I've been growing this 1 - 1/1/2" long egg shaped tomato for about 20 years. It's taste is mild, sweet and very low in acid. They look great in a salad and give a visual pop when tossed with pasta cut in half.
This tomato I discovered in a local farm stand in a basket with other varieties simply marked "hierloom". I've been looking on the Internet trying to find out its name but simply call it Black Mahogany Plum. They are very sweet and juicy... perfect in a salad or sliced into a sandwich. I even simply popped and smeared them on crusty toasted bread for a rustic bruschetta. The tops always are blackish. I've grown them for two years now and get great production our of them.
This one I grew for the first time again in about 10 years or more. The 2" globes are actually fuzzy like a very fuzzy peach. The taste is surprisingly tart and low in sugar. Not one of my favorites, but I grew them again this year just to get a new viable batch of seeds (I think I got less than 10% germination from the seeds I used from years ago).
I'm in LOVE with Eva... my tomato girlfriend. It's by far the best tasting tomato I've ever grown. It's always perfect and blemish free--very disease and pest resistant. I would use these for sauce if I didn't like eating them so much. It's the perfect size for slicing.... about 3" around. The production is always great.
Even though others swear by them, I've never had great results with the Brandywine varieties (there are several). This is the pink one... it blushes pink on the lower part of the fruit. This year, the sizes were pretty good--my largest ones just over one pound.
This is your classic, Italian ribbed beefsteak.... and it doesn't disappoint. I got several over 1 pound and one that would have been over 1-1/2 pounds if the chipmunks didn't eat it first! One slice fits on a sandwich. It's very sweet--almost as sweet as Eva Purple Ball, my benchmark for flavor.
Giant Belgium is a close second to Eva Purple Ball in terms of flavor. Very sweet and great in salads or sandwiches. These can be huge tomatoes if you pinch back the side branching and pull off some of the tiny fruits early on to let the plants put all their energy into only a few tomatoes. My all time record for size was a Giant Belgium... just over THREE POUNDS!
I've been growing these for about 3 years and love them. I've stopped growing typical Roma varieties in favor of this beauty. Obviously the story here is the large pepper shape. The story goes deeper though... it has a very meaty interior that is perfect for building thick sauces. They also grow quite large, some over 5 inches long. I love slicing these into discs for sandwiches. The flavor is very sweet... you pop these off the vine, add salt and eat like a fruit. Heaven.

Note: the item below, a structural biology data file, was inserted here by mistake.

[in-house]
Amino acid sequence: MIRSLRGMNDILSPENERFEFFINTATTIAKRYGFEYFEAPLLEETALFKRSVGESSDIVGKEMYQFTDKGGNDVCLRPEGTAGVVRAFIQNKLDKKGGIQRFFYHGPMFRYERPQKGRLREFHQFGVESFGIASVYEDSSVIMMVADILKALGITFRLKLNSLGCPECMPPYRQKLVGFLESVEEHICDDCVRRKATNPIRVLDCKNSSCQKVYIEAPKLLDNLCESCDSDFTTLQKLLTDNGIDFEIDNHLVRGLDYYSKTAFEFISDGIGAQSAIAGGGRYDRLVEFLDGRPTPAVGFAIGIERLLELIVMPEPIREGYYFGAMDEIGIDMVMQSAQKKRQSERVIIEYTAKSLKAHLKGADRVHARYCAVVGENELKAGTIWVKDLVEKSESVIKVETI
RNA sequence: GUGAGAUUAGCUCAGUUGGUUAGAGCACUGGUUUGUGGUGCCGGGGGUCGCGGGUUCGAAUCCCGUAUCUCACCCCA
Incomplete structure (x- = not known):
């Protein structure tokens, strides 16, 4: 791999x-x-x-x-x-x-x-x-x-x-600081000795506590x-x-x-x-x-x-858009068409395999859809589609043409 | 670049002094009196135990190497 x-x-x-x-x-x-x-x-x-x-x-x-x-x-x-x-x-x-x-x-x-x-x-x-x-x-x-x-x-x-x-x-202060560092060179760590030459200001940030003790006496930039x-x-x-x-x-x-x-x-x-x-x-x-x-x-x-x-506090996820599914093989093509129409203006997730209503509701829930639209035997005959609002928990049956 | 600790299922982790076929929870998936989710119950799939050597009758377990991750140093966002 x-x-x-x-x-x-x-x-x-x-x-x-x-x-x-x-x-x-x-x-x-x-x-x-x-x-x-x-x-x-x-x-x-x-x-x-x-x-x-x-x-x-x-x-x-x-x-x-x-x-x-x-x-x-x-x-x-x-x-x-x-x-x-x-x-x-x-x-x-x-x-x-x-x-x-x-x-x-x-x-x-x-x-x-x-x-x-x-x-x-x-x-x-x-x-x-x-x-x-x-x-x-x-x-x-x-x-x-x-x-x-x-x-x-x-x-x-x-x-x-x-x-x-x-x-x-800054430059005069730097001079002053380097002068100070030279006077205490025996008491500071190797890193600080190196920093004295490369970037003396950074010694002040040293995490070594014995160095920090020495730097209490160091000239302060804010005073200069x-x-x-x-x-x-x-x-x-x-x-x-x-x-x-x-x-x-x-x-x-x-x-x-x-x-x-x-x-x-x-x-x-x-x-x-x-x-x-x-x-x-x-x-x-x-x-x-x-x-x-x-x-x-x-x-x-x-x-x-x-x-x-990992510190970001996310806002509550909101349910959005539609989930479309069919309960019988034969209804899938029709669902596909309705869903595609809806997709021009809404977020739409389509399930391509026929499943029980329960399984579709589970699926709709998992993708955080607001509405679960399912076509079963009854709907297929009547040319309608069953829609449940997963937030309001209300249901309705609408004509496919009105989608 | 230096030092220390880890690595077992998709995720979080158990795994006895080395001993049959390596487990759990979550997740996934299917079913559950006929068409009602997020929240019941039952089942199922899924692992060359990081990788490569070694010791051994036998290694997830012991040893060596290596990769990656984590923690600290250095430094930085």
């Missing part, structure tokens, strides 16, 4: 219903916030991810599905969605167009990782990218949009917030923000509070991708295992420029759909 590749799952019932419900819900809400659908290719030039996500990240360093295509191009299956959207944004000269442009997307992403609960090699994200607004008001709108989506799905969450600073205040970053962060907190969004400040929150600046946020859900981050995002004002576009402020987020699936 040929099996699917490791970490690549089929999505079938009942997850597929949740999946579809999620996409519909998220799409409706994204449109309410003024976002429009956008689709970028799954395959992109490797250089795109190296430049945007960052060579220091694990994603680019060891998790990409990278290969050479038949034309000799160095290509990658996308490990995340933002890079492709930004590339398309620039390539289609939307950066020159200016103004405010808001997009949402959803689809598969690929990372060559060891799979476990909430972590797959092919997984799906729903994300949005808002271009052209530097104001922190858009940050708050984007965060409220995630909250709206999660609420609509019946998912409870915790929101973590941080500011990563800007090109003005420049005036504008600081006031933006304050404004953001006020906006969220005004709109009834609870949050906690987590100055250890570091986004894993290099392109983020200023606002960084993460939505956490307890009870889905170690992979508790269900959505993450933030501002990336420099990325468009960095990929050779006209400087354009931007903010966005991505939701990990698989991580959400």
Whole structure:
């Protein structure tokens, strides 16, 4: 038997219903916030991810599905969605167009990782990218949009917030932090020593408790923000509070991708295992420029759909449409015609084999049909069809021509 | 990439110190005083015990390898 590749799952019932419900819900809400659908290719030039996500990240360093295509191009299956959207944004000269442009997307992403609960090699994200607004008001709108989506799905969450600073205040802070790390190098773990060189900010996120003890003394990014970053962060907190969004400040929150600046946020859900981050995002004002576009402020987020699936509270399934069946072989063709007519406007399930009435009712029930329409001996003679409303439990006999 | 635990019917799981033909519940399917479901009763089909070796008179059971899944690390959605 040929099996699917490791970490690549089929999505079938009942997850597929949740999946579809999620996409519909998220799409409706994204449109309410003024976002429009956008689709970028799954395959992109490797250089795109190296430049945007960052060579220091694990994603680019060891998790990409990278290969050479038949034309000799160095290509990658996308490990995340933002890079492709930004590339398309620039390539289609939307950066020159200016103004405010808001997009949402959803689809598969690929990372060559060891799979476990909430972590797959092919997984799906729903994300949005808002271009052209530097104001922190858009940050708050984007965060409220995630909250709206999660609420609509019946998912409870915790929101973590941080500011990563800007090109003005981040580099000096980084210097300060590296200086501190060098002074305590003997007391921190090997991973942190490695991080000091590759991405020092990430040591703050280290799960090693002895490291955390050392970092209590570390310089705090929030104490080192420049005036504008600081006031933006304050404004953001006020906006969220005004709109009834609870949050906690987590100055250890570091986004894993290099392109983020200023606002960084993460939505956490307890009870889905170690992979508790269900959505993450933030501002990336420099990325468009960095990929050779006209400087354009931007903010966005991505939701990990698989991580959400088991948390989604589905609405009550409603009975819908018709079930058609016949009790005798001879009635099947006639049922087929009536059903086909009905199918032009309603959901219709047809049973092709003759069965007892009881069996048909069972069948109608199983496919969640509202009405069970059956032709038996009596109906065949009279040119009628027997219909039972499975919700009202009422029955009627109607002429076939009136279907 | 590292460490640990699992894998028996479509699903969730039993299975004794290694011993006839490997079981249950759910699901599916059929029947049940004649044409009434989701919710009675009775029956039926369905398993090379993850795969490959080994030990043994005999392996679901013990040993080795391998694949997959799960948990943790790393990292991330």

For me, Regina is in third place for tomato flavor... it's a great sweet beefsteak tomato. It can be fairly ribbed, but not as a rule. It's also a beautiful tomato when sliced... the lower parts of the tomato are striped with red. If I want to have caprese (tomatoes, mozzarella and basil) I go to Regina or Belgium first for beautiful, thick slices. Regina can even make a tasty yellow tomato sauce.
This year I got a surprise. It seems that tomatoes market "Pink Brandywine crossed with Black Mahogany Plum and gave me these... a medium sized beefsteak "black" tomato. The tops turn darker mahogany color as they come down to the sides and bottom. The flesh is a bit tart, mildly sweet and dark crimson. I'll save these seeds for sure... now... I've got to decide on a name... How's Crimson Mystery?
If you'd like to start growing and saving seeds from heirloom varieties, ask your neighbors and friends. Perhaps they are already growing some and will give you seeds or seedlings at the beginning of the season. I start seeds under a very bright growing light in my cellar starting the last part of February. (I'm in Zone 6a where I live). If you see heirloom tomatoes this summer in your local markets, try to ask for the name of the variety and save seeds for next year. It's easy:
- Squeeze seeds out of a tomato into a plastic drinking cup (the large size). Try not to get the pulp.
- Fill with cold water and cover with a wet paper towel.
- Let the seeds ferment for 1-2 weeks in a safe place (where they won't get knocked over).
- at the end of the fermenting process, the seeds will all be at the bottom of the cup.
- The pulp will have been removed by this process and form a scum on top... drain the cups carefully, leaving the seeds behind.
- It might be necessary to flush the seeds with clean water a couple of times to gradually get out all the pulp.
- Once you have only seeds in the bottom of the cup, place them into a coffee filter and leave someplace with ventilation to dry for a week or so (cookie cooling racks work well).
- Place the seeds into small coin envelopes and label them as to the name, the weight of the fruit you took seeds from, color, taste and anything else you want to remember about the seeds.
Imagine the feeling your grandkids will have knowing they are growing the same tomatoes that you did...
Here's a great source for heirloom tomatoes and other veggies:
and on Facebook... https://www.facebook.com/seedsaversexchange?fref=nf
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